question on change format and commercial rental
- January 14, 2007 @ 7:30amging says:Hello,
I am runing a small online DVD rental service website similiar to Netflix. Customers pay a monthly subscription and have DVDs delivered to their door. It does not rent DVD movies published by Hollywood studios, It only rent some Educational/Instructional seminars published by small publishers or the author. I am trying to find a solution to have digital delivery of the digital materials over the net rather than physically deliver the Disk to customers's door, without violate copyright law. It involves convertion of the digital materials to a Right protected file that can be downloaded by customers over the internet. Only customers can download a copy along with an 24-hour viewing license. Since the file is protected, it has to be opened by username/password, it cann't be viewed by other people who are not a patron of our service. If we only hold one copy of the Disk we purchased from the publisher, we will only rent one copy at a time. So when one customer is viewing the perticular material ,no other customers can rent (download) until the first customer returns the rented material. The viewing license will expire 24 hours after download and the file on his PC will self destruct. This will be considered as he returned the material and it will be available for the next customer in line to rent it.
I am not very sure of the copyright issue involved in this practice. I came across an article stating copyright protect the Idea and Information, but not the format of the copyrighted materials. IFLA also states "Reformatting of material to make it accessible should not be considered an infringement of copyright and should be considered as reasonable access. ". In a rental business, we purchase a copy of the materal, rent it to one customer, get it back then rent to another customer, that is allowed commercial activity. But if it involves a reformat of origial files on a physical CD/DVD, does it violate copyright law? Ripping a digital file on a physical disc is considered copying, and rental business is commercial activity. Another question is about the video-on-demand service widely available on internet, does it voilate copyright too? I think technically it does, but the practice seemed well-accepted.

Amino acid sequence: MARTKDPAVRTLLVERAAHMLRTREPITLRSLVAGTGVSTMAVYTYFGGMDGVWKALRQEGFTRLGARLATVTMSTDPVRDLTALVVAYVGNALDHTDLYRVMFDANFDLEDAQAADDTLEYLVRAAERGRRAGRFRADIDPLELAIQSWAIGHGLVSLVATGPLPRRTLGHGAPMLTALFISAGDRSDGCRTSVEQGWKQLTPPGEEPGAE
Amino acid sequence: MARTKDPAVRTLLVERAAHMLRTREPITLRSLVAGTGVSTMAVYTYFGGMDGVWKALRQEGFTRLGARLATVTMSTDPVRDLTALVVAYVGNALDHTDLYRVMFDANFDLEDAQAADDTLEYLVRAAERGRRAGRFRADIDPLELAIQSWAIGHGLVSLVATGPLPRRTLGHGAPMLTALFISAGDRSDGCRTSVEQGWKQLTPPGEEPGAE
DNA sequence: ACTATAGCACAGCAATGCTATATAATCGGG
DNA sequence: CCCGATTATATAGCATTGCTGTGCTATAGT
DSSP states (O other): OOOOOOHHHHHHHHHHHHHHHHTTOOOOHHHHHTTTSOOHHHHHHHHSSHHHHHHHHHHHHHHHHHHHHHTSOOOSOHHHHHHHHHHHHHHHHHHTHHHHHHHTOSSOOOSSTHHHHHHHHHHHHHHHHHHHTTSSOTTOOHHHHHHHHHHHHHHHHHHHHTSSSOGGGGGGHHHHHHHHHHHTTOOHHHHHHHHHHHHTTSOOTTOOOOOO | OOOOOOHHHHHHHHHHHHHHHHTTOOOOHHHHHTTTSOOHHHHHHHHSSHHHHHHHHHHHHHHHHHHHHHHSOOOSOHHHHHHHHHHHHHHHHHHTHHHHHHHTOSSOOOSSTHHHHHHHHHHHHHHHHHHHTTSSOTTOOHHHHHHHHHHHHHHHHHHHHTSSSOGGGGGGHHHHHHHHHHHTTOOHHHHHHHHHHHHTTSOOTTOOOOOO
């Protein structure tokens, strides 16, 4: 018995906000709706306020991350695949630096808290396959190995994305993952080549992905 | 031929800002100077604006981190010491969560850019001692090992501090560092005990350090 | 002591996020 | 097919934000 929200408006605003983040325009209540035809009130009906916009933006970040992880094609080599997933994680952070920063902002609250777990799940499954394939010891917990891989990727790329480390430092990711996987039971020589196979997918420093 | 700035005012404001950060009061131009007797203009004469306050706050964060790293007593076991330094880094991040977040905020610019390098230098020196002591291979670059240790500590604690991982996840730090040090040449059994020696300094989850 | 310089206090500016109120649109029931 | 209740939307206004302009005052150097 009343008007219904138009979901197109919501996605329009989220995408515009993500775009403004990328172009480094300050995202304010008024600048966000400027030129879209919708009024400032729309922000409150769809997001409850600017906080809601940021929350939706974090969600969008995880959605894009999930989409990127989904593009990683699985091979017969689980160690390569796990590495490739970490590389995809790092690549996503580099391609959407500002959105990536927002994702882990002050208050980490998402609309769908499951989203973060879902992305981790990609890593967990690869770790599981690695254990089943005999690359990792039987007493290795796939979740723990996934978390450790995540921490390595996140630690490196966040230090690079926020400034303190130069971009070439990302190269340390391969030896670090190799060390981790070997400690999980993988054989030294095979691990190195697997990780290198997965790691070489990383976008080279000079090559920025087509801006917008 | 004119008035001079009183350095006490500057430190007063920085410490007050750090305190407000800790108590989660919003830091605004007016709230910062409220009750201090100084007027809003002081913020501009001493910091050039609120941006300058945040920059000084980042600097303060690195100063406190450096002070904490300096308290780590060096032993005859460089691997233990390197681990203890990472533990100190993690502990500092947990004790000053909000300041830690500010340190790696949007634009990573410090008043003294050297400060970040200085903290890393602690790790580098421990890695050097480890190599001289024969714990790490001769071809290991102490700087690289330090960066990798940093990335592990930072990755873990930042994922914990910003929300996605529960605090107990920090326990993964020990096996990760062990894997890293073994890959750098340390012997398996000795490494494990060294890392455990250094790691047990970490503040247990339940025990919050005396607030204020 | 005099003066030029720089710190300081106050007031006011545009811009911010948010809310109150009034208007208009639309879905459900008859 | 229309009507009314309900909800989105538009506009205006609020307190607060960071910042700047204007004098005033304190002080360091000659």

Please kindly comment and give suggestions.
- January 18, 2007 @ 10:28amCOvalle says:IFLA's reformatting isn't necessarily the same as a commercial services. I would say that this practice would be risky. You could argue that it is a fair use, but it would be a big risk, in my opinion. For one, the doctrine of first sale (which allows you to do your ordinary renting practice) has not been firmly established with digital materials. Also, educational publishers are attempting to offer digital services, and you might be competing with those. Have you tried asking the publishers? You might be able to work something out with them, or offer services with them.
- January 18, 2007 @ 11:22amksmith says:Context may be very important in understanding the IFLA quote. If the reformatting is necessary for any sort of access, because the original format is no longer usable, I agree that that "should" not be considered infringement. At the moment, however, section 108 allows some reformatting in that situation, but not wholesale conversions. In any case, that is not the situation ging is describing. Reformatting to create a digital distribution system for the sake of convenience and faster profits is, in my opinion, very likely to infringe the reproduction right in the original.
I think first sale should apply to digital materials, but it never applies if the copy being distributed is not lawfully made. First sale is only an exception to the distribution right; it does not allow copying (reproduction) in order to distribute in a different format, especially when the copying is, itself, infringment.
- January 18, 2007 @ 12:43pmCOvalle says:I think first sale should apply to digital materials, too, but some disagree. ^_^
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